The developer lived up to his part of the bargain, though the house he built was much larger than the others in the neighborhood. But when the owners moved in, down came the remaining small trees and shrubs and up went a daunting, six-foot stockade fence. Meanwhile, new neighbors moved in next door and cut the mature trees and shrubs adjoining that side of the Wormes' tenth-of-an-acre property. They, too, put up a fence, destroying the family's raspberry patch and still more wildlife habitat. "We were boxed in by six-foot fences," says Bonnie.
She was particularly distressed by the loss of the majestic native trees. "It's so upsetting when you see a big tree come down," she says. "I loved the woods. That's why I moved here. They don't plant trees like that anymore."
The Wormes tried to compensate for the loss of wildlife habitat. They transplanted mature shrubs to provide shelter and nesting places for birds. They started a new berry patch to provide the birds with food. They put up additional bird feeders. Nevertheless, the frogs were gone, the number of songbirds was greatly reduced, and the family no longer saw red-tailed hawks. So when they read about Audubon's garden makeover, they leapt at the chance to have their yard transformed back into the wooded refuge it once was.
Jesse Grantham, director of the Audubon Habitats Program and an expert on wildlife-friendly plantings, worked with landscape designer Damon Scott to create a blueprint for the new backyard. "The Worme garden was a typical American backyard, with a lot of nonnative plants that don't provide much in the way of food and habitat for wildlife," says Grantham. So the first objective was to improve the wildlife habitat on the property, especially for birds. In addition, says Scott, "Bonnie made it clear that she wanted us to plant at least a couple of trees" that would eventually replace the tall canopy species that had been lost. She also asked that the large house that now looms over their backyard be screened from view. A fourth priority was to create a focal point in the garden so that Bonnie, Ed, Allison, and Eric would be able to view wildlife year-round from their kitchen window.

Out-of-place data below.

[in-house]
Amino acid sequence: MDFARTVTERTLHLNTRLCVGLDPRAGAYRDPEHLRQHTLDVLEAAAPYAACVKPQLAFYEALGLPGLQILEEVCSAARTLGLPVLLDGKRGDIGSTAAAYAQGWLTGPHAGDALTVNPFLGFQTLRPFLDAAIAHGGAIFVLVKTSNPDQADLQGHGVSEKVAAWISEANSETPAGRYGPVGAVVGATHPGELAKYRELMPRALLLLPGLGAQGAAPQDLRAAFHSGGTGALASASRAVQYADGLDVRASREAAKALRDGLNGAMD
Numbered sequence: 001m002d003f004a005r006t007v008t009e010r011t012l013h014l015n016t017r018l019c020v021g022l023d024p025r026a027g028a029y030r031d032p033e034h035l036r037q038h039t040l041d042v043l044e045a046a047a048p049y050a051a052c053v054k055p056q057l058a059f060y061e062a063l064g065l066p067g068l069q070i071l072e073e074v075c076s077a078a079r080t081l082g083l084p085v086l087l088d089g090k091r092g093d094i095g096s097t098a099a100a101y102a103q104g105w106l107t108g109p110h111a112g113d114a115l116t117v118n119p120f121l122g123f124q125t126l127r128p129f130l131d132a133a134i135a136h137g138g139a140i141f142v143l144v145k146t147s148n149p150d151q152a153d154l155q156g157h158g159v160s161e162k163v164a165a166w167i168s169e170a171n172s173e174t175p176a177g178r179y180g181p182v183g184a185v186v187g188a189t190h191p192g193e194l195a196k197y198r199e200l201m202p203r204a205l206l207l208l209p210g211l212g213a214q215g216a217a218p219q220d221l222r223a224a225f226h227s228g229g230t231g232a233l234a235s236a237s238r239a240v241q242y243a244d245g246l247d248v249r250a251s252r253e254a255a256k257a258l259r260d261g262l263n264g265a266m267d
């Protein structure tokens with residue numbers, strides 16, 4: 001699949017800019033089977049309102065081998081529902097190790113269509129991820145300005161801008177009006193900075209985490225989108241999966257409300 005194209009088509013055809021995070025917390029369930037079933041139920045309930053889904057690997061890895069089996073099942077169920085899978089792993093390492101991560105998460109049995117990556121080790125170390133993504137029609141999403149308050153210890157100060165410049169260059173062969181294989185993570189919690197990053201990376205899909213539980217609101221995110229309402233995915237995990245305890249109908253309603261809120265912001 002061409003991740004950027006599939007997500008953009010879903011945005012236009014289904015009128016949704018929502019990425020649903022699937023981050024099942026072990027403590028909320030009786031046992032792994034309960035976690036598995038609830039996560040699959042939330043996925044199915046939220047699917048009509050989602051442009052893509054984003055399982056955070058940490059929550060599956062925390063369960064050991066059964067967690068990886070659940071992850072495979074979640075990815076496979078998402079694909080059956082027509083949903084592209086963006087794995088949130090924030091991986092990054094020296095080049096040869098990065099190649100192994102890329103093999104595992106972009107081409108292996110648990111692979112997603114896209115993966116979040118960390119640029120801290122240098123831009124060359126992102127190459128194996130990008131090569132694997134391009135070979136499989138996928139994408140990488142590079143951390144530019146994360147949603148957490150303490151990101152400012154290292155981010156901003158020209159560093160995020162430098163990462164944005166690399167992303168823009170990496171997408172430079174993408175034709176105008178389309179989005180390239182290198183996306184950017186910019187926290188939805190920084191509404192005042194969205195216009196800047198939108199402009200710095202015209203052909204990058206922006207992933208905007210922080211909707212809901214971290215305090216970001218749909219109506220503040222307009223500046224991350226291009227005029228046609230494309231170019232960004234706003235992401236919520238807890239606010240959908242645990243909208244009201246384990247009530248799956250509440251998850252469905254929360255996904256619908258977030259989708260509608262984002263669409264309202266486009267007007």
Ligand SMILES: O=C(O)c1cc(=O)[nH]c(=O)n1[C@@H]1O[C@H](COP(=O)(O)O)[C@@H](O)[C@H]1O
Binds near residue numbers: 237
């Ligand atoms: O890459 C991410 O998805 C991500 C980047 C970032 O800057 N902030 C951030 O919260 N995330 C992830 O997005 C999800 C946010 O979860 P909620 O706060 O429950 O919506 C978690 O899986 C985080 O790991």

The new design accomplished all that and more. Birds have a handful of basic needs: food, water, and safe places for nesting and resting. The new clump of upright junipers (Juniperus scopulorum) against the backyard fence will fulfill the latter function. Such evergreens--dense, with needles year-round--are preferred roosting and nesting sites, and birds seek shelter in them during storms. In a decade or so, the Wormes' new junipers will also grow tall enough to totally block their view of the neighbor's oversize house.
Scott replaced conventional landscape shrubs like forsythia and yew, which offer little for wildlife, with an assortment of trees and shrubs that provide food in all seasons. For example, three grapevines (Vitis labrusca) were planted against the back fence. These vines, in the landscape designer's words, feature "a beautiful, large grape leaf and, in summer, a rack of luscious purple grapes" to which birds flock. The fruits of the American cranberry bush (Viburnum trilobum) and winterberry holly (Ilex verticillata) persist into winter, providing much-needed food for birds and a visual feast for the family, especially when the bright-red berries stand out against the snow. Scott added several types of bird feeders to the garden to supplement the food provided by the plants. He also included a couple of "dusting areas," where birds can groom themselves by kicking soil up onto their feathers. The soil here is mulched but left unplanted.
A birdbath with a heater provides the birds with a year-round source of drinking water and doubles as a place where they can bathe and cool off in the heat of summer. Birds are especially attracted to dripping water, so the birdbath was outfitted with a drip attachment.